Wednesday, October 26, 2011
When Cody and Sondra announced that they were building a shooting range at Cody’s old house, Cleve, Johnny, and Max volunteered to help. They stacked landscaping timbers, scrounged from overgrown flower beds whose owners had long driven off, to build a backstop. Since the patio had an overhang and no screens, they designated the edge of the concrete the firing line. The previous owner of Johnny’s unit must have made a hobby of target shooting, as there were plenty of targets to go with the carbine, and those all came along.
“Don’t flinch like that,” Sondra told Cody. He stood at the firing line, Sondra’s revolver in hand, while the others looked on. He had his head pulled back and his body twisted into an odd angle. “Relax. You’ve got earplugs. It’s gonna make some noise, but so does your music.” She poked his ribs.
Cody lowered the pistol, shoulders shaking. “How can I shoot if you’re gonna make me laugh?”
“You’ll shoot better if you’re not tense. It’s just like that shooter game you were showing me…”
“With a really heavy controller!” They both laughed.
“Okay, now let’s try it again,” Sondra said. “Stand up straight, don’t shy back. Just point, pull the hammer back, and shoot.”
Bang! Cody’s arm snapped up; the target acquired a dark spot — below and to the right of the bullseye, but in the rings. Cleve, Johnny, and Max applauded.
“Not bad!” Sondra kissed his cheek. “Try again. This time, keep both eyes open.”
Bang! This time, the spot appeared below and left, but closer to the bullseye.
“Not bad, first time shooting!” Cleve said.
“Yeah, I’ve played video games,” Cody said. “Same idea, but it feels a lot different.”
“Yeah. Now try shooting twice. Take your time, look straight at your target, shoot. Pull the hammer back while your hand drops back to the target, and shoot again. Sondra, show him what I mean.”
“Sure.” Cody handed her the pistol. Bang — bang, about a second apart, and two holes opened in the target, no more than an inch from the bullseye.
Johnny whistled. “Amazes me each time I see it. Hey…” he stood up, holding the carbine. “I wanna try something. You game?” He wiggled the carbine at Sondra.
“Sure! Soon as Cody does the two-shot.” She passed the pistol back. “Don’t concentrate. Just do.”
Cody raised the pistol. Bang … bang, about two seconds apart. The second hole was in the bullseye.
“That’s what I’m talkin’ about!” Johnny laughed.
“Lucky shot,” said Cody, with a big grin, as Sondra hugged him.
“The only difference between lucky and good,” Cleve said, “is how often you get lucky.”
“Good one!” Sondra laughed. “So what do you wanna try, Johnny?”
Johnny picked up an empty soda can from the table and handed the carbine to Sondra. “Hey Cody, you mind if I use that busted table over there?”
“Sure.” Cody shrugged and took Johnny’s seat, pistol pointed at the floor between his feet.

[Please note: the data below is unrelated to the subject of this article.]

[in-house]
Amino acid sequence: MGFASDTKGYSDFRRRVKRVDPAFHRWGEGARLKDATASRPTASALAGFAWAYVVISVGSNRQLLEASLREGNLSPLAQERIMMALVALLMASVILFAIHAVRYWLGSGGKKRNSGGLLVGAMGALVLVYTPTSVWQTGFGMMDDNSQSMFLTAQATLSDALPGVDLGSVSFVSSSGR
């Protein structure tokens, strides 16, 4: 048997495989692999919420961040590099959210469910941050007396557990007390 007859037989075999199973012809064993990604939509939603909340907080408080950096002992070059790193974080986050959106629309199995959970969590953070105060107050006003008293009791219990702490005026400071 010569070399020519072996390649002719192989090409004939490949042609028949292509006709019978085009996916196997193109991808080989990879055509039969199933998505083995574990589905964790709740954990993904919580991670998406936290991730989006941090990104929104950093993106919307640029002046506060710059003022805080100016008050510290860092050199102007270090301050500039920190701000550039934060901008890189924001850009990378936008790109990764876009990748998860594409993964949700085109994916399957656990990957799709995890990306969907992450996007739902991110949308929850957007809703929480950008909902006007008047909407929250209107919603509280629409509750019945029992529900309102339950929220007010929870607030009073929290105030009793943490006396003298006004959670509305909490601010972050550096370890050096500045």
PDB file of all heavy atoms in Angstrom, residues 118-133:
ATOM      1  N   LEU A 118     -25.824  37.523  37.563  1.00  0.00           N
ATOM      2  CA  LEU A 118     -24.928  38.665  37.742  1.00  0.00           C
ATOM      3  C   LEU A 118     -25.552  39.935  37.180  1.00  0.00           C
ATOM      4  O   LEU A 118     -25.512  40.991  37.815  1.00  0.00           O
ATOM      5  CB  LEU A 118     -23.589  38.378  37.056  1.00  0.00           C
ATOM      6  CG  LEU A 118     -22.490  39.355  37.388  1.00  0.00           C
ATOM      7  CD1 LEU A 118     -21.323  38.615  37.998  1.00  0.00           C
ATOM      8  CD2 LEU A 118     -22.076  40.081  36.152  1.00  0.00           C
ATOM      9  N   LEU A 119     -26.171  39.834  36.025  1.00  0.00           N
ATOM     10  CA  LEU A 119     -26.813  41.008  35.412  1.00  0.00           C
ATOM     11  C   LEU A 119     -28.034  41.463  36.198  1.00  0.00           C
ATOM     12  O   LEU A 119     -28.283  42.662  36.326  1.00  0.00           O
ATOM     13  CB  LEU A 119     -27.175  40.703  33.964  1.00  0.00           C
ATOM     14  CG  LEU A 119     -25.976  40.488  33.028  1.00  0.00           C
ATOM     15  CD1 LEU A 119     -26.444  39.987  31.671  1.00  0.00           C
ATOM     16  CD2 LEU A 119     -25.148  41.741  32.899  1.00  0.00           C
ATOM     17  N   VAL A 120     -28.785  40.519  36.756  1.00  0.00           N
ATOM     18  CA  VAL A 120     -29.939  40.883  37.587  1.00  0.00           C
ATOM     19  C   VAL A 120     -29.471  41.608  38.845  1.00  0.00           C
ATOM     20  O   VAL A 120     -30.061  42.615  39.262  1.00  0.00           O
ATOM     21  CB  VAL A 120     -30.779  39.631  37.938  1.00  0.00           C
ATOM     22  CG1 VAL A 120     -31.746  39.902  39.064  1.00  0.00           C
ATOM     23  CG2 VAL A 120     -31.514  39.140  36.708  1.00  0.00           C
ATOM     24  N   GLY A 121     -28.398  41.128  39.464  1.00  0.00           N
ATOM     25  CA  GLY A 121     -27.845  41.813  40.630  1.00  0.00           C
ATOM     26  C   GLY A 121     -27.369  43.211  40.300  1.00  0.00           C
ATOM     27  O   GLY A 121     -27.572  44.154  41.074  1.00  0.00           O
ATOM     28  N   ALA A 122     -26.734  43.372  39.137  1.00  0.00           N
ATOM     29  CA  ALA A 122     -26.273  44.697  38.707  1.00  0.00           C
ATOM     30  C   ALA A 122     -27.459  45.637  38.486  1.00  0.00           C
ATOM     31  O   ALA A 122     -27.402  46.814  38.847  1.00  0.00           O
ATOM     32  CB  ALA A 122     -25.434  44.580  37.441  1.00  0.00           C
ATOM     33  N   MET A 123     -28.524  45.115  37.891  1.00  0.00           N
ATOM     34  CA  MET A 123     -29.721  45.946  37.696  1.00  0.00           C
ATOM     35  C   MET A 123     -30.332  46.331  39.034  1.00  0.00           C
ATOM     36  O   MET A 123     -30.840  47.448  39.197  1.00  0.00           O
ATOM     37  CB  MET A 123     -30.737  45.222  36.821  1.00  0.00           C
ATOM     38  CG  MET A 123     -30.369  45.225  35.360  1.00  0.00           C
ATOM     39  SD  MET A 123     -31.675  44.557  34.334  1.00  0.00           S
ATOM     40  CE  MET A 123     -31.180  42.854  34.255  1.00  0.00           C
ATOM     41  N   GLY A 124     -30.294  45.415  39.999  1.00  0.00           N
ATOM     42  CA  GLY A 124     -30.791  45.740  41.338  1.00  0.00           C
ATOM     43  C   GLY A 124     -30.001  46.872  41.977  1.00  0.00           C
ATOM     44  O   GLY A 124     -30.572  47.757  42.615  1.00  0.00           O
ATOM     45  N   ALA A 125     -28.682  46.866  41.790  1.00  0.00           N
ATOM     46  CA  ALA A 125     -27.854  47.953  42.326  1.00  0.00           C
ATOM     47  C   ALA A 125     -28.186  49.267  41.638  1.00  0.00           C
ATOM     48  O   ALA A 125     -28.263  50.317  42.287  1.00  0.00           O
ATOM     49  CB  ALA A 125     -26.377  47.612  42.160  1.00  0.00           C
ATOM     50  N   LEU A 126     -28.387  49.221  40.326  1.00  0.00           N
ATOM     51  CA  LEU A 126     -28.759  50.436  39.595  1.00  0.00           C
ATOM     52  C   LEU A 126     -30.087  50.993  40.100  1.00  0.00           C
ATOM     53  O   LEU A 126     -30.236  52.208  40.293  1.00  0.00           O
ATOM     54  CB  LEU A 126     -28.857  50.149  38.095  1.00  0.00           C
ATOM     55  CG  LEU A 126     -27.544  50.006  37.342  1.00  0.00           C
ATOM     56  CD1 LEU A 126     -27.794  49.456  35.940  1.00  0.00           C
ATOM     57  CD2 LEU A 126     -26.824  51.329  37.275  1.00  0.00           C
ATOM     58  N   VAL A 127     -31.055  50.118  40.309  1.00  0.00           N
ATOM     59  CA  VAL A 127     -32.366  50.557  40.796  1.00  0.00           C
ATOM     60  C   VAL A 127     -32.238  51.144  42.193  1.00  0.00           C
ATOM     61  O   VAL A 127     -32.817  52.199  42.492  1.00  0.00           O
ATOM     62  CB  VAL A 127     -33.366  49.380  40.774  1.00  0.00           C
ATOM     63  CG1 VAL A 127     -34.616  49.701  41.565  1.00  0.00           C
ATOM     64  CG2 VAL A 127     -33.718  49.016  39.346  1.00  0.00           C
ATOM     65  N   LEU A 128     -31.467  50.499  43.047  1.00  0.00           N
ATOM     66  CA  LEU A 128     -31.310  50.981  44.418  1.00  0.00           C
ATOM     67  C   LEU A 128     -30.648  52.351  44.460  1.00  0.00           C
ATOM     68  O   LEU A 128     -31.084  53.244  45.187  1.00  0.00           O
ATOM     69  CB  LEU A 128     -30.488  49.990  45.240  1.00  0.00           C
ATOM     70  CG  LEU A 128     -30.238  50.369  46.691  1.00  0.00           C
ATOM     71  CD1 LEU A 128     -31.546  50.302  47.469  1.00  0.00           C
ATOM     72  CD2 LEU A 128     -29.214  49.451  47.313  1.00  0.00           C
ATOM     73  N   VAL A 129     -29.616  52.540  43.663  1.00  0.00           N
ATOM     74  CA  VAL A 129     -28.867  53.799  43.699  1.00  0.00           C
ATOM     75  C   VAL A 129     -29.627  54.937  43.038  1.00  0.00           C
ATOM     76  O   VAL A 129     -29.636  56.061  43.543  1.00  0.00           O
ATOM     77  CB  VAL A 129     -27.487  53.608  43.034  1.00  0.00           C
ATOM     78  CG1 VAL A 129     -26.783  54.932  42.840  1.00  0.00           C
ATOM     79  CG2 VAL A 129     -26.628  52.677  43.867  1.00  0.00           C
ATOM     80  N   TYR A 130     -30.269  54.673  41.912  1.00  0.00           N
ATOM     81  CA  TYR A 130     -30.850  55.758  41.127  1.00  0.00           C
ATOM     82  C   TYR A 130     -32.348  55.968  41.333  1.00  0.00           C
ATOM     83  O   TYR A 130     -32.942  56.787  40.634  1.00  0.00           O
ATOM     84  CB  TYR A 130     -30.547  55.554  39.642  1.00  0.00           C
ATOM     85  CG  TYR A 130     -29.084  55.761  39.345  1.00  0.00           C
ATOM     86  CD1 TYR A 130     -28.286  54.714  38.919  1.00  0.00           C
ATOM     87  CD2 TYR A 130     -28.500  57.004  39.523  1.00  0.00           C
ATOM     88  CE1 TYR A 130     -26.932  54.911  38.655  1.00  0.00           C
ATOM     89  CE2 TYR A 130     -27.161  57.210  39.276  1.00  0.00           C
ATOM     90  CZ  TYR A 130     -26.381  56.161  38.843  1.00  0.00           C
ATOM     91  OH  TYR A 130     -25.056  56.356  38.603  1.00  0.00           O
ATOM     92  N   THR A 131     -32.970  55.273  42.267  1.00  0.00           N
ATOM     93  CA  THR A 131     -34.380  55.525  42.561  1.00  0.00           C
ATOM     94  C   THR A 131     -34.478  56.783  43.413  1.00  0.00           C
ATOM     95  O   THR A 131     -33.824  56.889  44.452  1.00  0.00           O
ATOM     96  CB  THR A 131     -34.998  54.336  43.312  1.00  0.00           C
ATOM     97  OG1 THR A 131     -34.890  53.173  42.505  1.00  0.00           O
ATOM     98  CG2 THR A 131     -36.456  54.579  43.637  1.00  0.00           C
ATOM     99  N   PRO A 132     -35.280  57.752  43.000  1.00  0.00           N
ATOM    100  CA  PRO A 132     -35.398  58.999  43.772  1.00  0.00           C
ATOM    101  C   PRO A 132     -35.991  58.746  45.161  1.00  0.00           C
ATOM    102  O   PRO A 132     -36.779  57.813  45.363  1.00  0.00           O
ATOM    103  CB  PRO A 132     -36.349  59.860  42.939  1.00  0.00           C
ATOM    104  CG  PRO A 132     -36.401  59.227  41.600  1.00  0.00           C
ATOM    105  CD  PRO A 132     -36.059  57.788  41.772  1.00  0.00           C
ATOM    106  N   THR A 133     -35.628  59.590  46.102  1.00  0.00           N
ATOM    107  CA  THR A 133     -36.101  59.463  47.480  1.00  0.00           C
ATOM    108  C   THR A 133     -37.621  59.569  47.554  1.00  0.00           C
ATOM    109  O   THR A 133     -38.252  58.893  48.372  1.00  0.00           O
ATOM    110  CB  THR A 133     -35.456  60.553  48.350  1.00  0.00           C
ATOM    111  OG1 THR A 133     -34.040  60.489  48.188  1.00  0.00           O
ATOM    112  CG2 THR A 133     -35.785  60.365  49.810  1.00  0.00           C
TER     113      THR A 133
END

“Hey,” said Cleve as Johnny hoisted the wobbly table from the corner of the patio and carried it into the yard. “Like this.” He took the pistol, opened the cylinder and laid it on the table, pointing away from everyone. “Now you know it won’t go off.”
“But there weren’t any bullets left.”
“I’ve seen plenty of guns go off that didn’t have any bullets in ’em.” Cleve gave Cody a grim look. “When I was a cop, I had to clean up a couple messes after someone thought a gun wasn’t loaded. You don’t wanna trust, you wanna know.”
A V of geese flew overhead as Johnny set up the table in front of the backstop. He paused to watch them for a moment, perhaps thinking about shooting one, as their honking calls drifted to the ground along with a few leaves. “Okay,” he said at last, jogging back to the porch. “Shoot at its mouth.” The can lay on the table, its top facing the firing line. The mouth made a dark O at the bottom of the larger silver O.
“Hm.” Sondra hefted the carbine. “Hey… this thing is lighter than it looks.”
“Yeah, they make a great huntin’ gun,” said Johnny. “Doesn’t wear you out luggin’ it around and it’s short enough that it won’t catch every stray branch. It’s what I use to bring the meat home. No scope, but that’s better when it gets dark anyway.”
“Nice.” Sondra lifted the gun, looked through the sights, and thumbed off the safety. “Live on the line.”
“It’s a bit loud,” Johnny warned her.
“Whatever.” She took aim. Boom! The can flipped off the table, bounced off the backstop, and tumbled to the ground. “Whoo! Safe on!” She stepped away from the line and Johnny jogged out to retrieve the can.
“Sweeeeet!” he yelled, looking at the can. “Check this out, guys!” He jogged back, can in hand. The others gathered around. He held the can with the mouth end facing them.
“Huh. What’d she do, knock it off the table without hitting it?” Max cocked his head.
“Guess again.” Johnny turned the can around; there was a small hole on the other side near the corner. “Right through the mouth, out the other side — from fifty feet. You can’t get much better than that!”
Sondra grinned and patted the carbine. “I like this thing, Johnny,” she said. “You might have a hard time getting it back.”
“No problem — as long as you do the huntin’!”
“Haha, I don’t like it that much!” Sondra handed it back. “But I’d like to borrow it from time to time, if you don’t mind.”
“Sure thing. I was thinkin’ about seeing if anyone left a deer rifle in one of these houses anyway.”
“Two doors down,” Cody said. “Mr. Henderson was a gun freak. He was always showing off some piece or another to my dad. You’ll find something there, I almost guarantee it.”
As it turned out, Henderson apparently drove off with most of his arsenal. He left a deer rifle and two pistols behind, though.